3. You arrange a "lease-to-own" system where you allow the same people who are selling lease-top systems to install it, but you arrange to buy out the system after a few years so you can take advantage of the extra tax credits they get, but you'll get off-grid quicker then if you sit there, wishfully thinking, "I wish I had a spare $30,000 to buy an off-grid system."

Anyways, here are some excellent articles that were posted on Survival Blog by members who are experimenting with solar. If you're not familiar with SurvivalBlog, its run by James Wesley Rawles, the author of "Patriots", and one of the "grandfathers" of the preparedness movement. These articles are written by hard-core preppers who have lived the lifestyle and done the thing for decades, with a heavy emphasis on D.I.Y. The three articles by St. Funogas are written by a dedicated prepper in a situation similar to a lot of us, in that we WANT to go solar and are willing to invest a bit every year to go off-grid, but don't have a huge chunk of cash up-front.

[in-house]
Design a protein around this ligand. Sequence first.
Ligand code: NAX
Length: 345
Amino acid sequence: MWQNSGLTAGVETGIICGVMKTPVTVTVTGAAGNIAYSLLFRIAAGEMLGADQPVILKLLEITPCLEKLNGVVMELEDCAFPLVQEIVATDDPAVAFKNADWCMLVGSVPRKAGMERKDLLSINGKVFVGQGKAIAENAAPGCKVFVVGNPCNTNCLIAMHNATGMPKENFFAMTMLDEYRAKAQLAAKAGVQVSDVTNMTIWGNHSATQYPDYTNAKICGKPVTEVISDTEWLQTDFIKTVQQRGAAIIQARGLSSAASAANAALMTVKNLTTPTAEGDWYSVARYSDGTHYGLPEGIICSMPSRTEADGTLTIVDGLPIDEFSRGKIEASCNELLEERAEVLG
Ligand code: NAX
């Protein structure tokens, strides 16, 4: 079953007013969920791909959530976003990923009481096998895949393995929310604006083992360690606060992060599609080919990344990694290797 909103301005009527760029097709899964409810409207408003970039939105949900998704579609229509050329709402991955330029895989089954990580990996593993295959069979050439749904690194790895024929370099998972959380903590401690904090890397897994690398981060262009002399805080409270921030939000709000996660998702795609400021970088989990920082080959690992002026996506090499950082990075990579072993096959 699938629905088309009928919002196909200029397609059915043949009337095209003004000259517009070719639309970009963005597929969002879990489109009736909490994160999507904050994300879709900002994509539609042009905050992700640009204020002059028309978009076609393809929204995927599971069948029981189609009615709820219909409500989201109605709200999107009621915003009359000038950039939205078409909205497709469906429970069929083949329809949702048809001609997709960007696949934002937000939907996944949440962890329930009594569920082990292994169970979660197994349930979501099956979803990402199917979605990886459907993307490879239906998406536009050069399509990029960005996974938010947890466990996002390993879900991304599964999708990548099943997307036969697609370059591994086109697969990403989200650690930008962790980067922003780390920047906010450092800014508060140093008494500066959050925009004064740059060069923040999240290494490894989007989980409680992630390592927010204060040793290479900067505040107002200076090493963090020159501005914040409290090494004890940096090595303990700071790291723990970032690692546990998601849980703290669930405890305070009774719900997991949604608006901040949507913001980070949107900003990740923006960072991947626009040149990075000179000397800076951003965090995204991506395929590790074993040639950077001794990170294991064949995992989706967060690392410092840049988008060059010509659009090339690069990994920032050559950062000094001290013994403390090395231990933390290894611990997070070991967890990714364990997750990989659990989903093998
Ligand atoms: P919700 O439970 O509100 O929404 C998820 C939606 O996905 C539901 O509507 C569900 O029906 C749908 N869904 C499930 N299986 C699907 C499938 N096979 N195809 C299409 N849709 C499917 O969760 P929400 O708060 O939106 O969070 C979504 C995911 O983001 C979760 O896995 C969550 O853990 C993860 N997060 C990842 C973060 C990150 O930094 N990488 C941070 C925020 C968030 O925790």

EDIT: Added one more article at the end of this where somebody explains their cost for their 100% off-grid home ... is interesting to read detailed numbers:

PV Solar Panels Can Pay For Themselves, by St. Funogas - https://survivalblog.com/2020/09/29/pv-solar-panels-can-pay-st-funogas/

-----​

Using Grid-Tied PV Panels as a Starter System – Part 1, by St. Funogas - https://survivalblog.com/2022/09/10/using-grid-tied-pv-panels-starter-system-part-1-st-funogas/

Using Grid-Tied PV Panels as a Starter System – Part 2, by St. Funogas - https://survivalblog.com/2022/09/11/using-grid-tied-pv-panels-starter-system-part-2-st-funogas/

-----

A Prepper’s Primer on Renewable Energy – Part 1, by Kevin R. - https://survivalblog.com/2020/04/21/preppers-primer-renewable-energy-part-1-kevin-r/

A Prepper’s Primer on Renewable Energy – Part 1, by Kevin R. - https://survivalblog.com/2020/04/22/preppers-primer-renewable-energy-part-2-kevin-r/

-----

Utilities Costs at a Remote, Off-Grid Home, by Mrs. Alaska - https://survivalblog.com/2023/08/31/utilities-costs-remote-off-grid-home-mrs-alaska/

 
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There are THREE ways to get solar panels installed these days: